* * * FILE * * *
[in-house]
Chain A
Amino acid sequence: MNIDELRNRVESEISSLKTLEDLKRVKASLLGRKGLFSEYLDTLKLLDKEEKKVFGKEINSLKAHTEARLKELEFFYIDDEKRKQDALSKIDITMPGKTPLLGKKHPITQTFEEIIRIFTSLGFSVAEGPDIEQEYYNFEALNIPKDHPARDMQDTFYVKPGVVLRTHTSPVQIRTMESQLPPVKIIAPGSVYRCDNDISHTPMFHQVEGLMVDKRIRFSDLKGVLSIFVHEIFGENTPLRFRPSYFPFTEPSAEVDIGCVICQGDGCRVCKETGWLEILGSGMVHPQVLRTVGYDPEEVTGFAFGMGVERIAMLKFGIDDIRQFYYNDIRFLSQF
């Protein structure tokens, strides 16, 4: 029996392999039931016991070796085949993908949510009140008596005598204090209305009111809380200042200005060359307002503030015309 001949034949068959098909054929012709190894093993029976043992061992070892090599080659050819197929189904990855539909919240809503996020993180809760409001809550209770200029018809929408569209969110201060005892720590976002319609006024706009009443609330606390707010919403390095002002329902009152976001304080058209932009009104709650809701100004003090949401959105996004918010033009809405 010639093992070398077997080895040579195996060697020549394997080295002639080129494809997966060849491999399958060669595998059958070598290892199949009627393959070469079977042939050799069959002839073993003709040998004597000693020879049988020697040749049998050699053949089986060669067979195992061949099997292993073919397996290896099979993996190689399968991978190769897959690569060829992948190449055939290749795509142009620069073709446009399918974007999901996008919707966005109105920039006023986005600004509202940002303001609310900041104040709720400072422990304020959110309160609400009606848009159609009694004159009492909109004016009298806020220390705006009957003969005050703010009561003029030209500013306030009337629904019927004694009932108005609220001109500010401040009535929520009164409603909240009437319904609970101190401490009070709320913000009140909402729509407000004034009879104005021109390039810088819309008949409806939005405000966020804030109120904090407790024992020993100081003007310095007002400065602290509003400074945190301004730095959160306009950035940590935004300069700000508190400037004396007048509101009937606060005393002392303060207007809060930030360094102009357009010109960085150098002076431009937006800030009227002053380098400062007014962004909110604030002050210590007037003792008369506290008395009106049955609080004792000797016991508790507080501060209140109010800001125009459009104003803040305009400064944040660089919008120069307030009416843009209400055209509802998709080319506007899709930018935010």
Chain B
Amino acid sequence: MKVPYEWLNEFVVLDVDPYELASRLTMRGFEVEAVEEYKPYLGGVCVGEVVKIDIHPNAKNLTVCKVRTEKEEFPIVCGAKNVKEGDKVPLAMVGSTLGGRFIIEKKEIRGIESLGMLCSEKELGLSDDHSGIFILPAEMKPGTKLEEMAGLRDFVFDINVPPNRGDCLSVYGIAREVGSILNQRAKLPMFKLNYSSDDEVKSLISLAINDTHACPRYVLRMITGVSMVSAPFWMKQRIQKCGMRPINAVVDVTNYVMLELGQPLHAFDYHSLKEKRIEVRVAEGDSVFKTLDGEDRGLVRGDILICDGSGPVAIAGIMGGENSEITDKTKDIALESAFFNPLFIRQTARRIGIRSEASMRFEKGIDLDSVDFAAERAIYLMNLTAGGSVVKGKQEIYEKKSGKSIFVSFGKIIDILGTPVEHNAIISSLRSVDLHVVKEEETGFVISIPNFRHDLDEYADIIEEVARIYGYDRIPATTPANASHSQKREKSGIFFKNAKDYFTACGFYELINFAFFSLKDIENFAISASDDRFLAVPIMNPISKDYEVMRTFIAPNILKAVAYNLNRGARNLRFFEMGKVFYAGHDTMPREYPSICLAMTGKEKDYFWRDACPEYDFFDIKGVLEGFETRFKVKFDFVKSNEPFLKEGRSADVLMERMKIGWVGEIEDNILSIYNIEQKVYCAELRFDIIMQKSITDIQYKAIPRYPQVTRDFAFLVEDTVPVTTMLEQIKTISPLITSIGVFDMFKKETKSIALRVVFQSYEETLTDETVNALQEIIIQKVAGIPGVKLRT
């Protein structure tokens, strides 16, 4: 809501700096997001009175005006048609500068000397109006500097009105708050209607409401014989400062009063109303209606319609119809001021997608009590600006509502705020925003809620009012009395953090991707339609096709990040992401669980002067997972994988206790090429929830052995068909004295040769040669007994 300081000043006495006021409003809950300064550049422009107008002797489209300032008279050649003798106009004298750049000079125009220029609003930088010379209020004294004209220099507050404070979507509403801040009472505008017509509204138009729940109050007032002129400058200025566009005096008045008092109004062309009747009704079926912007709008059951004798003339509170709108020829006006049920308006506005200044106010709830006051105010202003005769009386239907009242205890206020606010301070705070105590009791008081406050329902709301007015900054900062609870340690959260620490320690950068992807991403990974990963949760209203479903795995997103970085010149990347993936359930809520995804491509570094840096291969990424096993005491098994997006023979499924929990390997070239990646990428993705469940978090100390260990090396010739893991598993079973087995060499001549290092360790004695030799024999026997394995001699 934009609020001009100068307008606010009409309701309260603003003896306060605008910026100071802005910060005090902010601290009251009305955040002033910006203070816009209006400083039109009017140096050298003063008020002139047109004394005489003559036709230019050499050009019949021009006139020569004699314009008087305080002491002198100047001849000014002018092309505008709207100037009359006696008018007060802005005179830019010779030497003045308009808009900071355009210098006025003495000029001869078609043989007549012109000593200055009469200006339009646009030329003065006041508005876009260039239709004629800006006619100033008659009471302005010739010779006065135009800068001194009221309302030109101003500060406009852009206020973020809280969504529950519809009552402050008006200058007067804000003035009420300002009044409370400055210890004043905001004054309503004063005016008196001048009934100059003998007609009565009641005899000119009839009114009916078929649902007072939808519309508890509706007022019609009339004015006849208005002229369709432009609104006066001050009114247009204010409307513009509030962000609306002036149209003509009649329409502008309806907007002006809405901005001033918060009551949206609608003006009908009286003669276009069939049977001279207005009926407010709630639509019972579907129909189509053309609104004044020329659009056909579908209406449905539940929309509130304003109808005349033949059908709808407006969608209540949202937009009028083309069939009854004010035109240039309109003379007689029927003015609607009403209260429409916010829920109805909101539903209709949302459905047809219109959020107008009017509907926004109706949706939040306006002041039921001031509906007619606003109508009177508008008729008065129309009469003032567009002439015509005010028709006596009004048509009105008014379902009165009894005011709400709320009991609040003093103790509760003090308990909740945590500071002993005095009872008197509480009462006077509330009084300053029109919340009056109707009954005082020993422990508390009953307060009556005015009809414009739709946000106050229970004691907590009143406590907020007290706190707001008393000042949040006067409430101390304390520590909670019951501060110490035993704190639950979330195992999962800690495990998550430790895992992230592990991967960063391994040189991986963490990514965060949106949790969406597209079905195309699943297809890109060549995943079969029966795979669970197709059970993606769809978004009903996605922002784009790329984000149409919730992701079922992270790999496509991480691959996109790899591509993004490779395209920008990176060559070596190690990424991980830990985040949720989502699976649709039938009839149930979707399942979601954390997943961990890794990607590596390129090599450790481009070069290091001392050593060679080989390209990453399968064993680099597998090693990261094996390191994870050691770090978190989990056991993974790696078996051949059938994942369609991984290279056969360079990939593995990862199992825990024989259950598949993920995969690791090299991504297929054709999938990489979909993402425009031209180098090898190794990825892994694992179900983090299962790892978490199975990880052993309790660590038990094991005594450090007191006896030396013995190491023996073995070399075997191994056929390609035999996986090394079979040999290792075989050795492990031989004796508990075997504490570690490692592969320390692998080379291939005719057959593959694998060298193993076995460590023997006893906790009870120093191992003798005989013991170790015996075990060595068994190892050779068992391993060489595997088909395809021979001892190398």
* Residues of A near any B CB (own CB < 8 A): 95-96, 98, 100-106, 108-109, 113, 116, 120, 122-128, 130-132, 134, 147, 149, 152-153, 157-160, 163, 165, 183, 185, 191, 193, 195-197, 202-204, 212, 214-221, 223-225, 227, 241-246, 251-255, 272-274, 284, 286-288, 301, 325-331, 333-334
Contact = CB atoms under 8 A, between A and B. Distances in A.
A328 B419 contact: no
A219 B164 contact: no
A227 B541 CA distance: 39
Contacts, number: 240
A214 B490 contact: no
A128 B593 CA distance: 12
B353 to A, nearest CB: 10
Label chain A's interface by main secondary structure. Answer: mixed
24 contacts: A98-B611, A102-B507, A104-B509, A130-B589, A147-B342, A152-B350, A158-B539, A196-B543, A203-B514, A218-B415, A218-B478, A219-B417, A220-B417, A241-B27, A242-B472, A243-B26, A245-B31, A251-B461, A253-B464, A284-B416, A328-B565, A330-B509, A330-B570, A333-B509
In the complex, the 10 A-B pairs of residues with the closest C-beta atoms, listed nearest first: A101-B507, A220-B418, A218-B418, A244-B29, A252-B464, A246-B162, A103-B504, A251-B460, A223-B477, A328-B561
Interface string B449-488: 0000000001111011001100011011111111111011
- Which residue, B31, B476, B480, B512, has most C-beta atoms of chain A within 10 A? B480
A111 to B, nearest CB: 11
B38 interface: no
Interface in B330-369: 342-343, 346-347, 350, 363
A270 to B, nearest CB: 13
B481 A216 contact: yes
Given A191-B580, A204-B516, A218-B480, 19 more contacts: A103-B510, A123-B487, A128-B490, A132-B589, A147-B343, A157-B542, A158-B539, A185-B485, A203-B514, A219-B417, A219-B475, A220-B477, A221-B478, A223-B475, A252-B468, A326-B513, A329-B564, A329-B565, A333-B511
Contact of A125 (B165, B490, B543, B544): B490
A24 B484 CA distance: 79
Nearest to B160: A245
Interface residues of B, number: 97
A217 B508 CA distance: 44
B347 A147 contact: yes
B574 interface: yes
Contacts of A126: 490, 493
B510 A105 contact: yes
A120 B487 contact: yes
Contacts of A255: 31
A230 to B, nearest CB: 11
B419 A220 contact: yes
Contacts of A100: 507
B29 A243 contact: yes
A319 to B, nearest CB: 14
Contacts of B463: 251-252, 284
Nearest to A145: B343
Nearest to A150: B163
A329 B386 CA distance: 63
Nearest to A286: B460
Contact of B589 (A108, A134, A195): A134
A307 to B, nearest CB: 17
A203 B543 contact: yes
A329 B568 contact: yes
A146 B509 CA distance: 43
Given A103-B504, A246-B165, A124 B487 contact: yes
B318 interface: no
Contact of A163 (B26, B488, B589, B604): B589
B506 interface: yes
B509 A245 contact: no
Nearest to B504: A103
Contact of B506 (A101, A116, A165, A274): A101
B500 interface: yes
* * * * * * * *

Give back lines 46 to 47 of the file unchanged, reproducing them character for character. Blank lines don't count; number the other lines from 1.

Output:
Nearest to A150: B163
A329 B386 CA distance: 63